How quickly do you need to tell your opponent you've incurred a penalty?

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Published 26/04/2011 07:20:00
 

Jim is hitting an iron shot from an uphill lie. After he addresses the ball and starts his backswing, the ball moves. He continues his swing and hits the ball, which ends up near the green. Under Rule 18-2, Jim incurs a one-stroke penalty. Jim's match-play opponent, Harry, then hits his second shot. As the two players approach the vicinity of the green, Jim informs Harry that he incurred a penalty stroke, so that he lies three instead of two.

Has Jim acted properly?

No. Rule 9-2 states that a player who has incurred a penalty shall inform his opponent as soon as practicable, unless he is obviously proceeding under a Rule involving a penalty and this has been observed by his opponent. Since the penalty wasn't obvious, and Jim waited to inform Harry, Jim is deemed to be guilty of giving wrong information during the play of a hole, and he loses the hole.

The idea behind the Rule is that a player's strategy and play could be affected by wrong information. Harry, for example, might have played a safe shot to the center of the green if he'd known Jim was lying three. Generally, a player should inform his opponent before the opponent plays his next stroke, but the phrase "as soon as practicable" absolves a player if his opponent is far away and plays quickly. This penalty applies only in match play. In stroke play, there is no penalty.

Now What If?

Jim's ball moves after he addresses it and begins his backswing. He hits the ball and, not knowing the Rule, is unaware that he has incurred a penalty. His opponent, Harry, then plays his next shot. As the two are walking to the green, Jim tells Harry that his ball moved as he was swinging at it.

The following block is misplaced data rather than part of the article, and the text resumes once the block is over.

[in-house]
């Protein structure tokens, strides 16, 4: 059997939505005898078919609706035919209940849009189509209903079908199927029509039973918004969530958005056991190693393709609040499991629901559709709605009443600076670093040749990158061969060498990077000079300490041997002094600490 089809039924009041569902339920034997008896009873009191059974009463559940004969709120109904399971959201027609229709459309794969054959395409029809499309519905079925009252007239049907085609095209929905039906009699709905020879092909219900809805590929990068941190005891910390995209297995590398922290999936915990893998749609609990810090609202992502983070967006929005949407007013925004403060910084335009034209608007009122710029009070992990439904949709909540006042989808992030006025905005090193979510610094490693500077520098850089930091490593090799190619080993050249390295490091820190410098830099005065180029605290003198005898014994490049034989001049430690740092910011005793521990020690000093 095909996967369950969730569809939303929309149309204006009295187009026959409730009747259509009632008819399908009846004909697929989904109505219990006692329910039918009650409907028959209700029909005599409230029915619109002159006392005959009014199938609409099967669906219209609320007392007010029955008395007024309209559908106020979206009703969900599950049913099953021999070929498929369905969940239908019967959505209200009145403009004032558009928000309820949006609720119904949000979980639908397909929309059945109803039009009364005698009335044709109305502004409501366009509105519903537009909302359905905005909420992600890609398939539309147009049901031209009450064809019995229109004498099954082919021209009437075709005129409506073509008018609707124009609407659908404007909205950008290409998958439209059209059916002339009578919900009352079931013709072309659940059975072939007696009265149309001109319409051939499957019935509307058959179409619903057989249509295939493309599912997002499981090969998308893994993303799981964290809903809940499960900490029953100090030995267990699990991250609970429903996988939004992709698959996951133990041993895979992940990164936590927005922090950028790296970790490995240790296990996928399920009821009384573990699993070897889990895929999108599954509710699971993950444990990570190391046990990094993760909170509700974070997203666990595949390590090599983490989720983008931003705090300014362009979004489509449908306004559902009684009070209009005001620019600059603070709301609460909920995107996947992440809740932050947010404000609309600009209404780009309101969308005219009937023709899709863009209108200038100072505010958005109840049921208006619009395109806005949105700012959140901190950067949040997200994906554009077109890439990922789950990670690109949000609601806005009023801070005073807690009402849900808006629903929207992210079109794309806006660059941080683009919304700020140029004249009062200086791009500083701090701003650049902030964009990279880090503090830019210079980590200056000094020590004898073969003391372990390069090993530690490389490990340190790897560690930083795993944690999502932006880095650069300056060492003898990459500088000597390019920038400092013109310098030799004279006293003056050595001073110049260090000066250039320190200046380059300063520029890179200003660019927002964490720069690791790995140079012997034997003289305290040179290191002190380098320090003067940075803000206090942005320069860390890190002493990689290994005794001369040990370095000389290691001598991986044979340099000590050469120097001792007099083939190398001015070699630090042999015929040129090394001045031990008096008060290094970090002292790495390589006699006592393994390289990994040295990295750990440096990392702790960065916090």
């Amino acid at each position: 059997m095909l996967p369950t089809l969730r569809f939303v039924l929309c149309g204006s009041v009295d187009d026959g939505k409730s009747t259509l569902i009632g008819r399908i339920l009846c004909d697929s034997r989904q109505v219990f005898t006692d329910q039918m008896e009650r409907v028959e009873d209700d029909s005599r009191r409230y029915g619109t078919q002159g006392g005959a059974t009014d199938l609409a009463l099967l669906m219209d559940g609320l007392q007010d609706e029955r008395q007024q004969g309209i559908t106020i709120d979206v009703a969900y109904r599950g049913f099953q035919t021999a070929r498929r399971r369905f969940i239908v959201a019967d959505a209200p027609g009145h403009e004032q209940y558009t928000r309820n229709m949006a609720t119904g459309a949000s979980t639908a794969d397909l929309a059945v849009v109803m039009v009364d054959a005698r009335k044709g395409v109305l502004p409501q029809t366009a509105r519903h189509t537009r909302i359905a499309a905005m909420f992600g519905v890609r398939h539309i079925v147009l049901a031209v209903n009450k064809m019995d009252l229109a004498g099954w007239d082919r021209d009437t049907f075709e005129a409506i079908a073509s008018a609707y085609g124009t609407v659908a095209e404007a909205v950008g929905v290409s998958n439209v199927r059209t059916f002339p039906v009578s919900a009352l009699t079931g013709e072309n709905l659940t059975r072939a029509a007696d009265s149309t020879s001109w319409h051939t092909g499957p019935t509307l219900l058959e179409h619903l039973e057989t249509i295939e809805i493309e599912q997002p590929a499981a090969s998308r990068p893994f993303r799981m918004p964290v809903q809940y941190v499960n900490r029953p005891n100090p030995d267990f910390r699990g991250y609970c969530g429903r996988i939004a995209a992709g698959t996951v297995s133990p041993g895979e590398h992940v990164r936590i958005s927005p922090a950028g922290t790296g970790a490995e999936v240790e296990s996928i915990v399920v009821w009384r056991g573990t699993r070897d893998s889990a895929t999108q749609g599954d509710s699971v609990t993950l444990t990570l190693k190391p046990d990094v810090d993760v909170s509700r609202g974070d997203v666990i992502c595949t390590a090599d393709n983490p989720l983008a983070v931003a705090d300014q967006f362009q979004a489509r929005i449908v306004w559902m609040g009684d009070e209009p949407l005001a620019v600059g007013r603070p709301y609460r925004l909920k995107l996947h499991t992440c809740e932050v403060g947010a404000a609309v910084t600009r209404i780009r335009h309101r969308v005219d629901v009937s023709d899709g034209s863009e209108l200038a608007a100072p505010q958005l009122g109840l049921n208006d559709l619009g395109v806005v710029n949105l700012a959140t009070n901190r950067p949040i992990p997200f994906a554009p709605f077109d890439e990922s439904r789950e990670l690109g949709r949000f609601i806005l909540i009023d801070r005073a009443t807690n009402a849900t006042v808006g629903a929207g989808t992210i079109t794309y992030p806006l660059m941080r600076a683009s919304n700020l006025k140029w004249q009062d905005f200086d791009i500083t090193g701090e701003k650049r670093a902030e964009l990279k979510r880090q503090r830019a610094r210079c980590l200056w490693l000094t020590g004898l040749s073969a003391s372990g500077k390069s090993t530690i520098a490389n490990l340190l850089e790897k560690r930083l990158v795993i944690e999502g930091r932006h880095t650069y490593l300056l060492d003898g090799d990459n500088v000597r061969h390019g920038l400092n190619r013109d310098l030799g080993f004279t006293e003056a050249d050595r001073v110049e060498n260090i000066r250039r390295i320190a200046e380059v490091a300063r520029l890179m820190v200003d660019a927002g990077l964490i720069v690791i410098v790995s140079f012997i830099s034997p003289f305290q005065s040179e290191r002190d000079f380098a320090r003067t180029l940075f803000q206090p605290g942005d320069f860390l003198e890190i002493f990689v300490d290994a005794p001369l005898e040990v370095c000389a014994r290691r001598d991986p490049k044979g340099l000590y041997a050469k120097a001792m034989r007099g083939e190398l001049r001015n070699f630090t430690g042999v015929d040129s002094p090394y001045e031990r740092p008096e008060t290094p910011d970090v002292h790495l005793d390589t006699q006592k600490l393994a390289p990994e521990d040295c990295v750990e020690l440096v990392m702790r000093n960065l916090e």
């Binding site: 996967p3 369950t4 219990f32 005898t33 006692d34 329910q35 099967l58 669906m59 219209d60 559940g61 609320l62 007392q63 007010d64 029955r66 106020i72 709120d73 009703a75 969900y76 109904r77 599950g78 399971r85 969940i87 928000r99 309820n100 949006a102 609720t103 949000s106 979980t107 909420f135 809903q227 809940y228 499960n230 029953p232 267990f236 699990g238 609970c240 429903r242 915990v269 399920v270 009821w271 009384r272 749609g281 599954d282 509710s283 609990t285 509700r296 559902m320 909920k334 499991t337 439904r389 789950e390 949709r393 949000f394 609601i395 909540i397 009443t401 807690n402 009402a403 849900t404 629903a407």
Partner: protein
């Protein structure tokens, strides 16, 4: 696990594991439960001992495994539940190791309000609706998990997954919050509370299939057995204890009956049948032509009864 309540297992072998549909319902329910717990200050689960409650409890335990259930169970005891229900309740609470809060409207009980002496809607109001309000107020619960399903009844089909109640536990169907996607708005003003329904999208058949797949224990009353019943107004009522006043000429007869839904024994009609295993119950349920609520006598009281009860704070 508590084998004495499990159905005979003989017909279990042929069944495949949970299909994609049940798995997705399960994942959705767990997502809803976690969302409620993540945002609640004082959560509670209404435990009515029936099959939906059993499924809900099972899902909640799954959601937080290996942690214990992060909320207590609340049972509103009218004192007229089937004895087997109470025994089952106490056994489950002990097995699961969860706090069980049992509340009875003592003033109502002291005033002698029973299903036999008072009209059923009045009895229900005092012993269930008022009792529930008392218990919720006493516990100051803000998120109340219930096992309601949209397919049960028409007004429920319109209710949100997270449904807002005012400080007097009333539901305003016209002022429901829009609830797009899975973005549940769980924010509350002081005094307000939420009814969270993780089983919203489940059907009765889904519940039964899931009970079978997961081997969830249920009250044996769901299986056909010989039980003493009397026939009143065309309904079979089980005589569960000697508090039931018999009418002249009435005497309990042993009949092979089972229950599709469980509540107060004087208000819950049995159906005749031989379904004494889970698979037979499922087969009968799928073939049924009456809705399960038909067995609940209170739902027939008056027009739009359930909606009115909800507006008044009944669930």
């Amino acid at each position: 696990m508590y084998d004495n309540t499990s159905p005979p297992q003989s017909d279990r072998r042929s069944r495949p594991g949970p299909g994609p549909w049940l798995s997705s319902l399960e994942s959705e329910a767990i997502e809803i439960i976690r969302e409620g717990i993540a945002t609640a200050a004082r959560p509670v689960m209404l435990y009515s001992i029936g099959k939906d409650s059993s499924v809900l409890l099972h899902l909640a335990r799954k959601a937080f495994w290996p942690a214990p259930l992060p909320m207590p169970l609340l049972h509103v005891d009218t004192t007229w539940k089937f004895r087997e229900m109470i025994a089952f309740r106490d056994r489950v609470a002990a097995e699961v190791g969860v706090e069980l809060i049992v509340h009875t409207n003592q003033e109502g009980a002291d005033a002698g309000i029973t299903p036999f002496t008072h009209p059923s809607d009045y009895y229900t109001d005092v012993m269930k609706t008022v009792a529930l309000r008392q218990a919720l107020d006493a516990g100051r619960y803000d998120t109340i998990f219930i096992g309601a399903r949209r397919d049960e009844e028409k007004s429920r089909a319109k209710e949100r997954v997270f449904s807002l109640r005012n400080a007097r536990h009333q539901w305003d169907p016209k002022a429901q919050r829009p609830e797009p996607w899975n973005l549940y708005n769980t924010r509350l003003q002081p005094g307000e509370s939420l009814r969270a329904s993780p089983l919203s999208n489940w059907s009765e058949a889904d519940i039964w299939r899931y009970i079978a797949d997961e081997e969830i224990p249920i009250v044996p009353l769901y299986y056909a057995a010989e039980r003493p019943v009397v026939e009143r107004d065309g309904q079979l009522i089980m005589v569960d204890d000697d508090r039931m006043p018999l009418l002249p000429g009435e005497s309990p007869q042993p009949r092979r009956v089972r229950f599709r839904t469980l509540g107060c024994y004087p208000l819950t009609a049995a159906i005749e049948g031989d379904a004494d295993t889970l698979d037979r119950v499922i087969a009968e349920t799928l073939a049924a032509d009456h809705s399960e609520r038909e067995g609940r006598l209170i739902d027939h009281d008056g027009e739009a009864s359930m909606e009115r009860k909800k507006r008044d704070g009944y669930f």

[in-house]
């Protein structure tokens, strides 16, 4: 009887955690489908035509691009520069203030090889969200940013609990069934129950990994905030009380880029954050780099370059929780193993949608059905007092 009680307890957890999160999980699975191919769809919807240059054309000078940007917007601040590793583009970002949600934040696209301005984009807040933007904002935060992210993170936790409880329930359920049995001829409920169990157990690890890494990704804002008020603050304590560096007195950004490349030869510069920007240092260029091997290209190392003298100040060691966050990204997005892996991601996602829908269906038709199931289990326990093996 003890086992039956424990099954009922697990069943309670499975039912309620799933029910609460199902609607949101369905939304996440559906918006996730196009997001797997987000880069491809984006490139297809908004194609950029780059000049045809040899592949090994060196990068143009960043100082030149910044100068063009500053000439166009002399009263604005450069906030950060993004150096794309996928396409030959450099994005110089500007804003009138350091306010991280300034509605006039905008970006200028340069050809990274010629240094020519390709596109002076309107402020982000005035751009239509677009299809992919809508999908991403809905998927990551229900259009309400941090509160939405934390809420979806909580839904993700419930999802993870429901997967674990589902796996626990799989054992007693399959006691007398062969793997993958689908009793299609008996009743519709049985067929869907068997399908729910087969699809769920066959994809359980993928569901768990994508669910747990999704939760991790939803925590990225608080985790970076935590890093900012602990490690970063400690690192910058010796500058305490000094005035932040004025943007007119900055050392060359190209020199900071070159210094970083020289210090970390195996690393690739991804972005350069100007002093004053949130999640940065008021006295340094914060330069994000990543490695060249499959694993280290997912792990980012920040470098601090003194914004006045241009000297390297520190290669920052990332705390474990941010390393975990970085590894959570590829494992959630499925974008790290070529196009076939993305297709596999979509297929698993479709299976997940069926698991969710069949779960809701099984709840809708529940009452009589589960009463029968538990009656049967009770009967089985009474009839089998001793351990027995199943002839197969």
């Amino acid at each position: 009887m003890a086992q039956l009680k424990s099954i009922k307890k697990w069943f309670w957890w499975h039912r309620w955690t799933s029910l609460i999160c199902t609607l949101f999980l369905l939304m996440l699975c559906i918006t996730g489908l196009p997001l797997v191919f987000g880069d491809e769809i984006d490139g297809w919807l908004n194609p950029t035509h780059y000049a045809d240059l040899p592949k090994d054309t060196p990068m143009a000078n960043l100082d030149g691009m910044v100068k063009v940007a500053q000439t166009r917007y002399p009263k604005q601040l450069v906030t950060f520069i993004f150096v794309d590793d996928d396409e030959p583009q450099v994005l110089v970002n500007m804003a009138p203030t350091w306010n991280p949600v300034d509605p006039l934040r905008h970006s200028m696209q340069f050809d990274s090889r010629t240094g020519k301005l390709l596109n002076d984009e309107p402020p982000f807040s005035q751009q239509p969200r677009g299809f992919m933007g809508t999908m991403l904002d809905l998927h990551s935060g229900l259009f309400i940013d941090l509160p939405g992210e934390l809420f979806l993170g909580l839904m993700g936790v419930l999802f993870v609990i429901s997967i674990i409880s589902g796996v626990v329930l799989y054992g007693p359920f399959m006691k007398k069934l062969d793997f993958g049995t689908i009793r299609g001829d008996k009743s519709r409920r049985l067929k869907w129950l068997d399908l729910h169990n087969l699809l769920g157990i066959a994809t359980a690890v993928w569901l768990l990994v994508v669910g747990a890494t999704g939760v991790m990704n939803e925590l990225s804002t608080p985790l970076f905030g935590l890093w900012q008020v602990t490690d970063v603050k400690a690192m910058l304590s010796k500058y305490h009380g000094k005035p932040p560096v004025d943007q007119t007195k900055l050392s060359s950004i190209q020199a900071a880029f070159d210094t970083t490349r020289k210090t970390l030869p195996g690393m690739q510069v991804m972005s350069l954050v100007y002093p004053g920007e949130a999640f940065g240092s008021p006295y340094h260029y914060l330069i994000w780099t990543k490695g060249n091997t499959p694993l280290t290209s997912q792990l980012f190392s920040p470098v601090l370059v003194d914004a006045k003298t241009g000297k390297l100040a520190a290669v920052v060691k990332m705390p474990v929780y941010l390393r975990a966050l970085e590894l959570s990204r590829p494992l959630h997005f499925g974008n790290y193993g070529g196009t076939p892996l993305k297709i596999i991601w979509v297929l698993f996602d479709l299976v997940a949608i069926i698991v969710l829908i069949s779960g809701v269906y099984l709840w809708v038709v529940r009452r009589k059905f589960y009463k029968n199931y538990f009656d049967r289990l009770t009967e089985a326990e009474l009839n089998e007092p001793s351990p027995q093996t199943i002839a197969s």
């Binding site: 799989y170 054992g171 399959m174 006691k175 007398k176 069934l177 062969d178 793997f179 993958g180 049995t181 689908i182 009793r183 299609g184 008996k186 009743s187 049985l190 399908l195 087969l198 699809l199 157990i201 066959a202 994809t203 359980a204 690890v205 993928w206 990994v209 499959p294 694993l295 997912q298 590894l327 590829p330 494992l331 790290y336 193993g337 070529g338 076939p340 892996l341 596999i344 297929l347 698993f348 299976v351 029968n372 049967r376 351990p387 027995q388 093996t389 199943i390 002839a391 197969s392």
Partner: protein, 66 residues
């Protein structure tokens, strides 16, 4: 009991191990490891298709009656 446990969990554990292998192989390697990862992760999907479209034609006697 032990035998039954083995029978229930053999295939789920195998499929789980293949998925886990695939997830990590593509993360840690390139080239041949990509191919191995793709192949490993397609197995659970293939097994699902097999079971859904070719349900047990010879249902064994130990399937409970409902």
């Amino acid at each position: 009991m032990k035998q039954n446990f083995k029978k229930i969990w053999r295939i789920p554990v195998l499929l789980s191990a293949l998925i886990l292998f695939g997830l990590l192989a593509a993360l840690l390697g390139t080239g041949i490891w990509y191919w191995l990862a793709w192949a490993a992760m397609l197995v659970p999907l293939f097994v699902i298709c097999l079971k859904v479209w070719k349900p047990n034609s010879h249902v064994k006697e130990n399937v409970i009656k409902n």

What is the ruling?

Jim loses the hole for not informing Harry of the penalty as soon as practicable. The fact that he was unaware of the penalty doesn't matter.




Comments


1.  I wish to begin with a definition from a Rules of Golf Book:
“An obstruction is a movable obstruction if it may be moved without unreasonable effort, without unduly delaying play and without causing damage. Otherwise it is an immovable obstruction.”

In the 1999 Phoenix Open, Tiger found his ball had landed behind a boulder which he could not move by himself. He called upon some fans who were eager to assist him and who moved the boulder to give Tiger a clear line for his next shot.

My questions are:

What constitutes unreasonable effort? (In the example above,
is unreasonable effort determined by the number of individuals
required to remove the rock?)

How much time must pass before a player is considered to be “unduly delaying play?”

Does the ruling in the 1999 Phoenix Open tilt the playing field somewhat
in Tiger’s favour since another competitor who is not as popular may
have more difficulty in recruiting enough fans to assist in the moving of
the boulder and therefore forced to take a penalty stroke in seeking
relief?

A player is allowed five minutes to search for his ball. Does an official actually start a clock to record the time spent in the search. When does
the five minute time period begin?

comment by gerald baba - 25/09/2017 16:20

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